Chosen One of the Day: The Woman in Room 237 in The Shining

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Oct 18, 2017, 10:00 AM EDT

The Shining is a film beloved by film scholars and horror enthusiasts across the board. It is among the most studied, picked-apart films of all time, and deservedly so. The classic is filled with moments, shots, and scenes wholly worthy of meticulous dissection. And one of those scenes is the famous Room 237 scene, the one with the lady in the bathtub.

Here's the full clip. NSFW unless you work in a naked lady factory. I don't know your life.

For those of you who are at work or who just get overcome with the vapors at the sight of uncovered chest regions, here's the censored version.

If you've seen Room 237, you know that a) people have myriad theories surrounding The Shining, b) most of these theories are batcrap bananas bonkers. A popular theory surrounding the woman in Room 237 is that she is the manifestation of the evil that lurks within the Overlook Hotel and Jack Torrence kissing her is the moment the evil truly takes over his soul, setting in place the final act of the film. A less popular but probably accurate theory is that it was the '70s and Kubrick wanted to get some boobies on screen. Who can say for sure? 

While in the film the scene is largely disconnected from the rest of the movie and provides no additional information about the woman in the bathtub, Stephen King's original novel has a bit more context. Lorraine Massey was a hotel guest who used to seduce young bellboys. Filled with self-loathing, she committed suicide in the bath and was doomed to haunt the hotel ever after.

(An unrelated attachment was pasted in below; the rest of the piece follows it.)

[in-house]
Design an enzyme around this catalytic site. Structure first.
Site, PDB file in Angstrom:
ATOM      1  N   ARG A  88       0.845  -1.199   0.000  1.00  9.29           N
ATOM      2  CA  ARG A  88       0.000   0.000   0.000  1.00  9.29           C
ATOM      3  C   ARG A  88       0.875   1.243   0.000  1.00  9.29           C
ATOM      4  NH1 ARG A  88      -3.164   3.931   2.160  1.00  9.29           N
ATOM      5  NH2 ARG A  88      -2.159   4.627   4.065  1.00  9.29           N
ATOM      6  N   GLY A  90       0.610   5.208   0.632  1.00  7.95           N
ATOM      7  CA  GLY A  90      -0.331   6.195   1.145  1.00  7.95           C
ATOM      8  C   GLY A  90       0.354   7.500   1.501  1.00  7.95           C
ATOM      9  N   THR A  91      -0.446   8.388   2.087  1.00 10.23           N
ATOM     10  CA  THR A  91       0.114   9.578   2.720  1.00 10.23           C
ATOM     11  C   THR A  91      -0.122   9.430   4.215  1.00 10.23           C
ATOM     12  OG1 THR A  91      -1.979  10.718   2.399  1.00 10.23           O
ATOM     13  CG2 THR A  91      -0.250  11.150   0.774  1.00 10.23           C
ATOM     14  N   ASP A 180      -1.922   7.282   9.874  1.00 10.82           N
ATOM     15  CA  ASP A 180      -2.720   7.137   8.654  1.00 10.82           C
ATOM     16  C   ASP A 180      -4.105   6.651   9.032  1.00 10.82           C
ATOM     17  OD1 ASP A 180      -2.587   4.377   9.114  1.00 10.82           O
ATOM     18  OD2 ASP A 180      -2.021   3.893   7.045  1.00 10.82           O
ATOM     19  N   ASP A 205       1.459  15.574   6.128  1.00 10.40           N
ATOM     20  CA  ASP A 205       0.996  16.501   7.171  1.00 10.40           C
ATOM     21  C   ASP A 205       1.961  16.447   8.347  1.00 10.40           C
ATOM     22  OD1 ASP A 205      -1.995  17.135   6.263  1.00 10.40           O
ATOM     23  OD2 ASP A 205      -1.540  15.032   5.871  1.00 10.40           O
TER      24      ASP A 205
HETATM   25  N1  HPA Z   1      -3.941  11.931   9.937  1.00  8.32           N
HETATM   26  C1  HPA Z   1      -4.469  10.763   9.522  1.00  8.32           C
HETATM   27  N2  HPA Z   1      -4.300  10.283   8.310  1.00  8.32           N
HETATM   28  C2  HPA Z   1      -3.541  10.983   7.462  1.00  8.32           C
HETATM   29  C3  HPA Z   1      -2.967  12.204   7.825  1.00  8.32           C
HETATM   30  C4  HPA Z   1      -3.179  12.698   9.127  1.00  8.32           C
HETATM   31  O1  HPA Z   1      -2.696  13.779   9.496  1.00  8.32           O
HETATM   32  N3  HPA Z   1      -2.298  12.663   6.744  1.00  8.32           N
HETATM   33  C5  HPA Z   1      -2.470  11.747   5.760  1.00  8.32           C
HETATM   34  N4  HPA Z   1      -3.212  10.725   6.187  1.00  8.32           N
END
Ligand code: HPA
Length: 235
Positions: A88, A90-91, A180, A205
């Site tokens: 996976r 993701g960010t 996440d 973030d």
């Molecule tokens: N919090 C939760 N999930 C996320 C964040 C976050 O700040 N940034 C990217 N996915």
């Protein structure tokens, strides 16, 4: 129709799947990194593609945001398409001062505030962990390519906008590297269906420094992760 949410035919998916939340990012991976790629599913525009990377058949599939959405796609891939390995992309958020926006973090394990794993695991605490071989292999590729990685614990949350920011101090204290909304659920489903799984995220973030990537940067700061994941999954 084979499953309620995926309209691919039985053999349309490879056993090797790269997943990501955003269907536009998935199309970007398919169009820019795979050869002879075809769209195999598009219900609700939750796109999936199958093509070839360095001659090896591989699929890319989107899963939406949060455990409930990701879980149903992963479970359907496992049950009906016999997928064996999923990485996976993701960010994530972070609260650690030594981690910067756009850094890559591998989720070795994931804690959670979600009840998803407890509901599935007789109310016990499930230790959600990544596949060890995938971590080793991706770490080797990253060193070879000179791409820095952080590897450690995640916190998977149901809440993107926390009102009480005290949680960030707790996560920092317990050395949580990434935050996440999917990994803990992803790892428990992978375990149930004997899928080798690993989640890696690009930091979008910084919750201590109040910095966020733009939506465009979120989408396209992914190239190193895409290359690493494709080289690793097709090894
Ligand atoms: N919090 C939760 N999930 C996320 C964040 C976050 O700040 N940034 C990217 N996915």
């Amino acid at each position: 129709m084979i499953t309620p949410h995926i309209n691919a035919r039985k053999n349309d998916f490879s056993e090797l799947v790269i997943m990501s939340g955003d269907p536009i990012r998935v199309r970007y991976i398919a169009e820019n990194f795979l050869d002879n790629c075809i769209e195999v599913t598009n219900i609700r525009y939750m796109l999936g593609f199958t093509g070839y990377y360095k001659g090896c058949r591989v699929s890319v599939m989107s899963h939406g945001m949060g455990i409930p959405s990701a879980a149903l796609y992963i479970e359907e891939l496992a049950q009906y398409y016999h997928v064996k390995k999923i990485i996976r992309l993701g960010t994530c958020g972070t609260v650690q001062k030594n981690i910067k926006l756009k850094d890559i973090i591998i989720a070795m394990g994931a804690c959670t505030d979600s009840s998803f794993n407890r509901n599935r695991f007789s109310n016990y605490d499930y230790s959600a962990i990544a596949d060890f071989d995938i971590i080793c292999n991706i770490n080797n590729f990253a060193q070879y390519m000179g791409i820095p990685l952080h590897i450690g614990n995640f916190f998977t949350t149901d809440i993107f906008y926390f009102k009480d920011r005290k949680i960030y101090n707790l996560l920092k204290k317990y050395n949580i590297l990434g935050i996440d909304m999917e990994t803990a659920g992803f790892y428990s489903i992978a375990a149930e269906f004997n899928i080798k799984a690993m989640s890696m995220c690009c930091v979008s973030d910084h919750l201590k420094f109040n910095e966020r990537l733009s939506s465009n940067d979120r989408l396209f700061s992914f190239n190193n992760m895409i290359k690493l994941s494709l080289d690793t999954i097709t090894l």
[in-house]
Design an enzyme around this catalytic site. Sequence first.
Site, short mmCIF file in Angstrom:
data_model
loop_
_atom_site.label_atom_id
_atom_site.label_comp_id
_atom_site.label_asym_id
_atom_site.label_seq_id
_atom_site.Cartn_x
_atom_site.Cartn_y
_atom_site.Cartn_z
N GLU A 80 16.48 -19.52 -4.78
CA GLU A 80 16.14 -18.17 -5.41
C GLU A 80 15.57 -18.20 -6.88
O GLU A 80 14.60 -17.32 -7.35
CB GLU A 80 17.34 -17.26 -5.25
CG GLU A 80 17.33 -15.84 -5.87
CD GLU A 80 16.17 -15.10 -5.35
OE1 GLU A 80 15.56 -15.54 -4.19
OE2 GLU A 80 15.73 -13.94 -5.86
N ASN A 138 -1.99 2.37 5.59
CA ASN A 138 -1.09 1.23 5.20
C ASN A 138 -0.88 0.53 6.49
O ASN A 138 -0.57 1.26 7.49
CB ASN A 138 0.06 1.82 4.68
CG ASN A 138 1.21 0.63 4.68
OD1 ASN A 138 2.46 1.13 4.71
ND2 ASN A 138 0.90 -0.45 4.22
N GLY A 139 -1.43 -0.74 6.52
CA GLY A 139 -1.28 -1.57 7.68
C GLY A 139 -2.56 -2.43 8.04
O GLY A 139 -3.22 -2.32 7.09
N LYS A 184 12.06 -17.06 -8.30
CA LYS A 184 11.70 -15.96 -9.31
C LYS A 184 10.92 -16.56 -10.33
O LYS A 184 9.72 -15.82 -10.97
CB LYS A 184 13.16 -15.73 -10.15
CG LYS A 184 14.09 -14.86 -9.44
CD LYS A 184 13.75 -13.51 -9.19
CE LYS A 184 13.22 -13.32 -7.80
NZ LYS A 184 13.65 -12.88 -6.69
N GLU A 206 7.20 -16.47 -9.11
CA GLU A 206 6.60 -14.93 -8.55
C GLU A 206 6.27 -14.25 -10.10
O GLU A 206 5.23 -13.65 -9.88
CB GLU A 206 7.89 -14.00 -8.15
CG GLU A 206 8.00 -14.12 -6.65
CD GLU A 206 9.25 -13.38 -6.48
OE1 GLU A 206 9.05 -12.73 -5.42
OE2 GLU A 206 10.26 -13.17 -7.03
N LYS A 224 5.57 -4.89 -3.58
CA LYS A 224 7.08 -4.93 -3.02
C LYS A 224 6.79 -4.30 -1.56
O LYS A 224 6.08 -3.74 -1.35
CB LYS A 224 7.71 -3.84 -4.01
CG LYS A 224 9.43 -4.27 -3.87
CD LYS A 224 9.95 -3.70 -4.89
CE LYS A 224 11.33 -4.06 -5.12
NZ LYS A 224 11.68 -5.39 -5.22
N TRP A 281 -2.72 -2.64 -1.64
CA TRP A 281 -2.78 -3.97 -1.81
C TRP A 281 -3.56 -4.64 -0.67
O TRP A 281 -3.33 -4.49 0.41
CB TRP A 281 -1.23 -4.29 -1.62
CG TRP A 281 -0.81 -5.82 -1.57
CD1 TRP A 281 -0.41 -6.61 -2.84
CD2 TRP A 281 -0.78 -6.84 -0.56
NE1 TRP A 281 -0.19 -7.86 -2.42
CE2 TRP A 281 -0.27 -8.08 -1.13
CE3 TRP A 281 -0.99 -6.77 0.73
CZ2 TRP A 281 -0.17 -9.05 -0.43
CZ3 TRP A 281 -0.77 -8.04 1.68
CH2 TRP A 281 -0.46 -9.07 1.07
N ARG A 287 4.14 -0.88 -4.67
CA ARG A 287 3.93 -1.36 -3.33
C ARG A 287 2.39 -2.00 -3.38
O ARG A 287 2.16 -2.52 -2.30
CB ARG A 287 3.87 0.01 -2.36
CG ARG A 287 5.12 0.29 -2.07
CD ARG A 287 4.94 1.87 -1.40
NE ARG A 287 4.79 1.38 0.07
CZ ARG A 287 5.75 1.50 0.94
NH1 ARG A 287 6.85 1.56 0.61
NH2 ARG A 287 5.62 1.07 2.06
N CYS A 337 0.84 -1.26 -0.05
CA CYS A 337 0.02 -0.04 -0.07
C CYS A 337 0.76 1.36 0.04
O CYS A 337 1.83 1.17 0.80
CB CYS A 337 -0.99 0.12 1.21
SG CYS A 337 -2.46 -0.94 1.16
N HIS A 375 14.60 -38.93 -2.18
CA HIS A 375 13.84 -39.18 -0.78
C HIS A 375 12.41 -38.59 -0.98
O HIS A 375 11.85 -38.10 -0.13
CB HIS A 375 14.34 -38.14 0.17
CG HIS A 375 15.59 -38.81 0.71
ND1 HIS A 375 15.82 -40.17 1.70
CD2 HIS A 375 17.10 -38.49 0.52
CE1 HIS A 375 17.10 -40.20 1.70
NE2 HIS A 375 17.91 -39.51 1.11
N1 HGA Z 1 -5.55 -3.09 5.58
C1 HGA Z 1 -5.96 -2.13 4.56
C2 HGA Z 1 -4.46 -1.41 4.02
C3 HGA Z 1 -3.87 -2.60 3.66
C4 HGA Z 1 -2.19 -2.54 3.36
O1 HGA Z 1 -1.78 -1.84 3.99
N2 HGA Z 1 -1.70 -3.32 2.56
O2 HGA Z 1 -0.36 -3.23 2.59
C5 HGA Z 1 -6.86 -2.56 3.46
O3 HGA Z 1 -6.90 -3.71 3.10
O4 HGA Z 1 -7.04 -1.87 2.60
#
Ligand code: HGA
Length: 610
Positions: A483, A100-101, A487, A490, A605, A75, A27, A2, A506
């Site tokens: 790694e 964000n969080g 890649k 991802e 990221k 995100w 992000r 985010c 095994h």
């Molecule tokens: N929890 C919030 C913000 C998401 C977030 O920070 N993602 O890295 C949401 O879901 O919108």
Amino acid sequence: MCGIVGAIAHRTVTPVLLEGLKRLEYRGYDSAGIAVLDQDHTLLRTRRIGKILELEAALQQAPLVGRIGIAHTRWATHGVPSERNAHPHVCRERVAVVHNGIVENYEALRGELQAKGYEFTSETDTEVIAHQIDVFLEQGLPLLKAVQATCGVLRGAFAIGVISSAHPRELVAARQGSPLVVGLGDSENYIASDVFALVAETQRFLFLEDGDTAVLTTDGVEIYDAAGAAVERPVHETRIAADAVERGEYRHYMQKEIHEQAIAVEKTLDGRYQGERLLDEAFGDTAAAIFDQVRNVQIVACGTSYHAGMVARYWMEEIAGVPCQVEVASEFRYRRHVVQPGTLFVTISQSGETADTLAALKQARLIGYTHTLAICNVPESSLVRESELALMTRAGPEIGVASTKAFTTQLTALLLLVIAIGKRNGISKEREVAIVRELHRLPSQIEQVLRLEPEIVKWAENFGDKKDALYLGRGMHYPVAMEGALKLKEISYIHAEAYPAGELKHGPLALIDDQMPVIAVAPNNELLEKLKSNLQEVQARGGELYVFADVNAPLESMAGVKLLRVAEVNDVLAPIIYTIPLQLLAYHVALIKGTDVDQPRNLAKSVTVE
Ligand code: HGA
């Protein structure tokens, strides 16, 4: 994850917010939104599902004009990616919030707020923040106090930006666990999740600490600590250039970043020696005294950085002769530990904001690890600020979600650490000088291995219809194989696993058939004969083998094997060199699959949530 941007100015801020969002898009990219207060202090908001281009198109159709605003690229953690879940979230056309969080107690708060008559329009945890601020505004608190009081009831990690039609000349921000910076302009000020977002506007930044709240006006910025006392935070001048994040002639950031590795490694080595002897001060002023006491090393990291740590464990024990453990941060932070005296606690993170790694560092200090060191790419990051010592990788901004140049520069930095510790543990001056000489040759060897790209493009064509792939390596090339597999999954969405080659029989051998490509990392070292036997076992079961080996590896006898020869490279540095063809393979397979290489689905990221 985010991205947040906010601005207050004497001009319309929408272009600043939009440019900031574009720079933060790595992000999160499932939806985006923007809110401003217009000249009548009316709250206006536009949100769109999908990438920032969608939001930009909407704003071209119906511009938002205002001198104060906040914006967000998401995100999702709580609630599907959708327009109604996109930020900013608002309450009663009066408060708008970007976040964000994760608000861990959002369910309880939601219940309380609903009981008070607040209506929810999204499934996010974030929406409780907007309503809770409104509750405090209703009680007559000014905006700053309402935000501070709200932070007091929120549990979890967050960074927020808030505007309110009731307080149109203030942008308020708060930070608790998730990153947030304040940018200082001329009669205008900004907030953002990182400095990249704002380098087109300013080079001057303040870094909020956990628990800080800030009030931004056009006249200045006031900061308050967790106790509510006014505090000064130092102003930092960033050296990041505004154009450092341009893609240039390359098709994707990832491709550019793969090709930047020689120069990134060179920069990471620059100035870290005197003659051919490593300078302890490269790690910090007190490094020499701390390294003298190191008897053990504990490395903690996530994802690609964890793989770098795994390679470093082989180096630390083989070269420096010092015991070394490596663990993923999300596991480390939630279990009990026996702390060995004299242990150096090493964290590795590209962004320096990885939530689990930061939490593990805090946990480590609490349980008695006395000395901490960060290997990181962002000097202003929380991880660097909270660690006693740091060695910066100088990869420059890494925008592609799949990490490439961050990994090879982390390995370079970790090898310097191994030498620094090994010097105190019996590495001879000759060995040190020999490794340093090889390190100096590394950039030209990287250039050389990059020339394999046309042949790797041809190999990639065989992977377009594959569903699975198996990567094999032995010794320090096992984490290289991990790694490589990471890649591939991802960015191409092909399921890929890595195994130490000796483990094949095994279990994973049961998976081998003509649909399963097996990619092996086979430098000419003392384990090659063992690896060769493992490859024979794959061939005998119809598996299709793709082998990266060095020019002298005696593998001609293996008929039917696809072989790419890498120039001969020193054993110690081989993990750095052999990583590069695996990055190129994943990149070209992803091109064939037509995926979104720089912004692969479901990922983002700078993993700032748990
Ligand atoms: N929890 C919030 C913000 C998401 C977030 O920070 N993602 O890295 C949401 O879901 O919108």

What she also is is the hero of the movie as far as I'm concerned. She's the only one getting anything done around here. Everyone else either dies or experiences a dangerous mental breakdown or has lengthy freak-out sessions. In one scene Mrs. Massey manages to enjoy a luxurious bath, make out with a young Jack Nicholson, and then terrify him and destroy his very mind for the duration of the film, and her time onscreen ends with a hearty laugh, unashamed of her body in all its forms. Quality work, Lorraine; well done. 

Also in the made-for-TV miniseries, she looks like this and I'll never stop laughing.

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